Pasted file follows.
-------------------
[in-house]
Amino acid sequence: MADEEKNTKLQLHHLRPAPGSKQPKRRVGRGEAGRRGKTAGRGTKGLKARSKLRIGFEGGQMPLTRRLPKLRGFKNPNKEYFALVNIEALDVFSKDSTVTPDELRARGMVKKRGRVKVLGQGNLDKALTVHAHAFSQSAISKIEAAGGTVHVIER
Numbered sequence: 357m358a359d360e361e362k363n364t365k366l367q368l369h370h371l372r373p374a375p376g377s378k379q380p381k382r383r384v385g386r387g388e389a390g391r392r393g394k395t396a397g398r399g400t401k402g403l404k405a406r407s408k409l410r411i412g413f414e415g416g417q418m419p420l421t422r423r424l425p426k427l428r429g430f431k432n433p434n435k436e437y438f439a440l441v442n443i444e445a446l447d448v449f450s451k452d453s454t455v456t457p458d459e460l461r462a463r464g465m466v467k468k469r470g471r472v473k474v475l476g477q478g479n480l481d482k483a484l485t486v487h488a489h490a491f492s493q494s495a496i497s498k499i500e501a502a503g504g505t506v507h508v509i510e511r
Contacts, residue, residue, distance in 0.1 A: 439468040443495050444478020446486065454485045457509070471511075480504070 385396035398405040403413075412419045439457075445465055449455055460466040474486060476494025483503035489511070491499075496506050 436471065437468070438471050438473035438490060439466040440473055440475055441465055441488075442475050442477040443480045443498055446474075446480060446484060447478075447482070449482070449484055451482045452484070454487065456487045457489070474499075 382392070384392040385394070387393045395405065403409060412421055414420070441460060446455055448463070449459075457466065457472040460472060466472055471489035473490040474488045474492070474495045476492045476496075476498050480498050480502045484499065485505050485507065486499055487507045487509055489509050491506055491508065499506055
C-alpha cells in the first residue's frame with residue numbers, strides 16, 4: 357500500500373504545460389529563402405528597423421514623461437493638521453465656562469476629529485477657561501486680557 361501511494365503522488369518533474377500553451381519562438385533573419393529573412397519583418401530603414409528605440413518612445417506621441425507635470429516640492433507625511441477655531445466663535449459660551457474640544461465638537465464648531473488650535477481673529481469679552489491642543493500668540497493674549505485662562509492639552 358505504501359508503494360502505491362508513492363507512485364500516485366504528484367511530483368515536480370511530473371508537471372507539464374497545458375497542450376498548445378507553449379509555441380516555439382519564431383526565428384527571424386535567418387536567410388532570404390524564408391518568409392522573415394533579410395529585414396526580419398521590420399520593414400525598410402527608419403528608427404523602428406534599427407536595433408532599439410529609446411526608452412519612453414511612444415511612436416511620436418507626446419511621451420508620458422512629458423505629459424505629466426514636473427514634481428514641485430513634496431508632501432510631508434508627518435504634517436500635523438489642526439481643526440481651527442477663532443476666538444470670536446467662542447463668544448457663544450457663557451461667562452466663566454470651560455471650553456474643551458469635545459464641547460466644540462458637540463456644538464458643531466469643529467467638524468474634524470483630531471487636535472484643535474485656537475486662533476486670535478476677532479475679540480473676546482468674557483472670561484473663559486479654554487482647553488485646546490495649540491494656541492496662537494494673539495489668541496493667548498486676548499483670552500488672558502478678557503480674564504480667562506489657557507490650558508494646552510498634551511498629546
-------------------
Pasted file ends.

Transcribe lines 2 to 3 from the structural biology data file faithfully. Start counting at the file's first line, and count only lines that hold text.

Amino acid sequence: MADEEKNTKLQLHHLRPAPGSKQPKRRVGRGEAGRRGKTAGRGTKGLKARSKLRIGFEGGQMPLTRRLPKLRGFKNPNKEYFALVNIEALDVFSKDSTVTPDELRARGMVKKRGRVKVLGQGNLDKALTVHAHAFSQSAISKIEAAGGTVHVIER
Numbered sequence: 357m358a359d360e361e362k363n364t365k366l367q368l369h370h371l372r373p374a375p376g377s378k379q380p381k382r383r384v385g386r387g388e389a390g391r392r393g394k395t396a397g398r399g400t401k402g403l404k405a406r407s408k409l410r411i412g413f414e415g416g417q418m419p420l421t422r423r424l425p426k427l428r429g430f431k432n433p434n435k436e437y438f439a440l441v442n443i444e445a446l447d448v449f450s451k452d453s454t455v456t457p458d459e460l461r462a463r464g465m466v467k468k469r470g471r472v473k474v475l476g477q478g479n480l481d482k483a484l485t486v487h488a489h490a491f492s493q494s495a496i497s498k499i500e501a502a503g504g505t506v507h508v509i510e511r